“We have always believed that our best marketers are our customers, and word-of-mouth goes a long way. As we expand, it continues to show us that we don’t need to go all out from a marketing perspective,” he explained. “And the second element is our colleagues. So together, our customers and colleagues, with word of mouth, help us increase our brand awareness and ensure returning customers.”
Moreover, Sudhin says, the Five Guys concept has always been about the food, which is why all the company’s energies have been focussed on ensuring consistency in the food quality.
“When it comes to the ingredients, the meat is 100% American and it comes from a single source and that’s the case with all stores across the world. The bread and vegetables are locally produced,” he said.
Now, as ideal as that might sound, the obvious question then is how did they manage to navigate the supply chain hurdles of the last couple of years, when a lot of their ingredients are supplied from as far as America.
Despite being franchised, Five Guys (the parent brand) controls every aspect of the supply chain, including logistics, purchasing, production and distribution. Considering the experience is authentically American, they are very strict on sourcing in order to ensure the highest quality while saving money by reducing wastage.
Considering ‘fresh food’ is priority for Five Guys, stock has shorter shelf lives, which means technology would play an important role in efficient inventory management.
“Technology forms a big part of our supply chain efficiencies. Volume anticipation, customer flow (depending on time of day and day of week), and in-store and delivery demand is predicted quite accurately, which is then conveyed to our partners,” he explained.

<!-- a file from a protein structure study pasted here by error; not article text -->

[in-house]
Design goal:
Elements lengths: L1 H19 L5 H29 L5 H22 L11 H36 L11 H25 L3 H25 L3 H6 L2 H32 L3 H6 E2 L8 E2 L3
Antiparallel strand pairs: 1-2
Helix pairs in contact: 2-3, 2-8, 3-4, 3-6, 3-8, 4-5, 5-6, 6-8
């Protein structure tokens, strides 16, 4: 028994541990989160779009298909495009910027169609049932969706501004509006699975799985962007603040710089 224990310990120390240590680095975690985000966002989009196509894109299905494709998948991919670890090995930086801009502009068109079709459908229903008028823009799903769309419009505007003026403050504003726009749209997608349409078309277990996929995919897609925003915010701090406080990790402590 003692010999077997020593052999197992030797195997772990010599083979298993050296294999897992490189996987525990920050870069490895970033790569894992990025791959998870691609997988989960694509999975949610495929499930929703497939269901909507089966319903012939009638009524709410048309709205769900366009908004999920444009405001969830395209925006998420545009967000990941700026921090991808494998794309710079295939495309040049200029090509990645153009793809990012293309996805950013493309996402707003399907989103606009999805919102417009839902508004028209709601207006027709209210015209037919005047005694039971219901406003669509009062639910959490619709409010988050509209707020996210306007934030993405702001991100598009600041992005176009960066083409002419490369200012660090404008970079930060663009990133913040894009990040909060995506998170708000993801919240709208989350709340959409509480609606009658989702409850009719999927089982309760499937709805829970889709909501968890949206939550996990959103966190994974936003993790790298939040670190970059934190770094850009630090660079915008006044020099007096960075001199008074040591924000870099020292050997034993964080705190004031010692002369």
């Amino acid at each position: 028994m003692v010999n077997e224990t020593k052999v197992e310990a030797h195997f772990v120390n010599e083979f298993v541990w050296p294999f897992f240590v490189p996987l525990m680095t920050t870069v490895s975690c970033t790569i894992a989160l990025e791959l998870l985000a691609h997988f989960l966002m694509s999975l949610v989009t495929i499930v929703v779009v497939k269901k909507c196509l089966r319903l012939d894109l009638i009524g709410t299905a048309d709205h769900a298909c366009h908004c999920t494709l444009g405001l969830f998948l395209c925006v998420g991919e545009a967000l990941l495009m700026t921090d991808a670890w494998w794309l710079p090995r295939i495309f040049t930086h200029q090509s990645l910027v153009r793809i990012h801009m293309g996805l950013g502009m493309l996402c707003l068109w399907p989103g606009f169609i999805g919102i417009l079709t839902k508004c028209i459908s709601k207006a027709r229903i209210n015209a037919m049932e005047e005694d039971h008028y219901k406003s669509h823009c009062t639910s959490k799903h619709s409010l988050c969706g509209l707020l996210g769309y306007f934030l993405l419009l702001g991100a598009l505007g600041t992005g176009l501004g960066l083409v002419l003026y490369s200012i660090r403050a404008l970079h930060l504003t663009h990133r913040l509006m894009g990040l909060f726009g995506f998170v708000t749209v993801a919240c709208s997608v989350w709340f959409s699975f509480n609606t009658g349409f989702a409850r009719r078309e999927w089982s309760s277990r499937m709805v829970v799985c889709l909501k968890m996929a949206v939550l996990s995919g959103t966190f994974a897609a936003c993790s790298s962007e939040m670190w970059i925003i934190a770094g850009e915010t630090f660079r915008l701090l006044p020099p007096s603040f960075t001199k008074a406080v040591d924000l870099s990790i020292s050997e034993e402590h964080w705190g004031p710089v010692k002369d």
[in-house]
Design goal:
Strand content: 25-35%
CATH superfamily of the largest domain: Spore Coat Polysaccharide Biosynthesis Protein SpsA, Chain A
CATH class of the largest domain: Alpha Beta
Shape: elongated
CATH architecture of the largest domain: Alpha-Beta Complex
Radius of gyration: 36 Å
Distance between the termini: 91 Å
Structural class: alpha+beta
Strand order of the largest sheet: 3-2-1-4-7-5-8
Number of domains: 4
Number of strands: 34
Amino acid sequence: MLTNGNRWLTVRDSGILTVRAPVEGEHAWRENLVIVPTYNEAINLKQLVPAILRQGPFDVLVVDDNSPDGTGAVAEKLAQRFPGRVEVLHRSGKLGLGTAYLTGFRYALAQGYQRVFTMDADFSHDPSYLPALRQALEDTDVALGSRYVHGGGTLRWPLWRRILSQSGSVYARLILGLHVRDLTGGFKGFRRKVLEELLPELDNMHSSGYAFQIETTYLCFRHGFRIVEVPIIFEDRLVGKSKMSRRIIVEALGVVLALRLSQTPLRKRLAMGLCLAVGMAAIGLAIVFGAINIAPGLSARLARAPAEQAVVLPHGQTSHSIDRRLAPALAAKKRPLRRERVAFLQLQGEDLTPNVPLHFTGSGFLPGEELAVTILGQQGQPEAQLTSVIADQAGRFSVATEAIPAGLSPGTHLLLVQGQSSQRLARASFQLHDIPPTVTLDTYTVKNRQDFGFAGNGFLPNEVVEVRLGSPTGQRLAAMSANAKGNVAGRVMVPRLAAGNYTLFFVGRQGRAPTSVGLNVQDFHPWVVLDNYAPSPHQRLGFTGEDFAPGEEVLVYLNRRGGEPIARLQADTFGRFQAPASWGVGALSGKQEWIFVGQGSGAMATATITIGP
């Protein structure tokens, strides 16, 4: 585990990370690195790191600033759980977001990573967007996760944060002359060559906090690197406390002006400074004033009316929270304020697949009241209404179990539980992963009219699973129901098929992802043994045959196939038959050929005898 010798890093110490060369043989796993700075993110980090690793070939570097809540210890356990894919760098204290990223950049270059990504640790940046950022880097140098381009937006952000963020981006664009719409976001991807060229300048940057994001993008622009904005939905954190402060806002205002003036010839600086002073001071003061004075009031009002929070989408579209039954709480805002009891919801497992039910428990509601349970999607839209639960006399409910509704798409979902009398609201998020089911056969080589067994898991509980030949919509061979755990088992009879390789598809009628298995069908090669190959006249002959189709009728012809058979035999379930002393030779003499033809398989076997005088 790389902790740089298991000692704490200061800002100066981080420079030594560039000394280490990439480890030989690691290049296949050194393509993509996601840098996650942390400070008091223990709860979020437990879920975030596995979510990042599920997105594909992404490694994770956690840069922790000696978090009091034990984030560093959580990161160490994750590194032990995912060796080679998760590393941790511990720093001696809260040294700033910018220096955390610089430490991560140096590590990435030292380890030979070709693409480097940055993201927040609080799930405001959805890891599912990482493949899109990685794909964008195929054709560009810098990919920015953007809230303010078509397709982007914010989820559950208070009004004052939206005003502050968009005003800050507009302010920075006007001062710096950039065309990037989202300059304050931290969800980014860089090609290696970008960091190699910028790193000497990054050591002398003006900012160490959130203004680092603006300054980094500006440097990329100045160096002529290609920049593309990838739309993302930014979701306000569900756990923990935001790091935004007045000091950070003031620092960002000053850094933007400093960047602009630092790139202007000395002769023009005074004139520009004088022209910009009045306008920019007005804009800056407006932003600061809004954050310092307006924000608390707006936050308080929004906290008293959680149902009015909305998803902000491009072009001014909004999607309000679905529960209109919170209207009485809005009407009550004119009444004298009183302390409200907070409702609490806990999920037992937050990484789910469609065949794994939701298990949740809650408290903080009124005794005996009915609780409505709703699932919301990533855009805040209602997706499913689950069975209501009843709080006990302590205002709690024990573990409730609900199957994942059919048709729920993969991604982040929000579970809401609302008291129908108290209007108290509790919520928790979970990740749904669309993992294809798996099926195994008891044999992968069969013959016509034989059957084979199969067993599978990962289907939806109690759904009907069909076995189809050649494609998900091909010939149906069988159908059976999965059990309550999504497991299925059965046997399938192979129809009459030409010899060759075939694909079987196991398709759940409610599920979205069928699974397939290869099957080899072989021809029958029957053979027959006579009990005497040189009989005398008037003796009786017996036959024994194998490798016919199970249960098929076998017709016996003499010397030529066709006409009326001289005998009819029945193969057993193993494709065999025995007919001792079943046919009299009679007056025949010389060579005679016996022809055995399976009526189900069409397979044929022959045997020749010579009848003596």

And then, he said something I hadn’t heard from any retailer since 2020. “Because of our strong ties with our supply chain partners we have never faced any logistics issues.”
When probed, he simply said that the fact that they managed to open four outlets this year in the UAE, with the fifth on its way shows that 2022 has been a good year for the chain.
He attributes a lot of this success to the dark kitchens and deliveries they started before the pandemic. “In July 2019, we opened our first cloud kitchen and that eased any impact we could’ve had in 2020. So the in-store customers we lost out on due to the restrictions, we managed to secure them through our dark kitchens,” he said.
“In essence, 2020 wasn’t that bad of a year for us. We just changed servicing our customers’ in-store to deliveries. That was a good model and we continue to do that. So 2021-22 were better than pre-pandemic for us,” he added.
Deliveroo is their exclusive delivery partners in the region and quick delivery (within 20 minutes) in order to assure freshness is a priority for them. In fact, the potential of dark kitchens to help Five Guys tap into the unexplored parts of the UAE is what Sudhin is most excited about.
“It (dark kitchens) gives us access to new locations and cater to communities we do not serve now. Currently, we have two brick-and-mortar outlets in Abu Dhabi, ten in Dubai, and one scheduled to open in Sharjah. Depending on the volume of orders or demand we receive online, we can make an informed choice about opening a new store,” he said.
Sudhin is looking forward to hitting the sweet spot of 20 stores in the UAE. “We don’t want to over serve the UAE but at the same time we want to reach as many residential communities as possible, and cater to the tourists as well. Putting those two together is how we determine where the next Five Guys locations will be,” he concluded.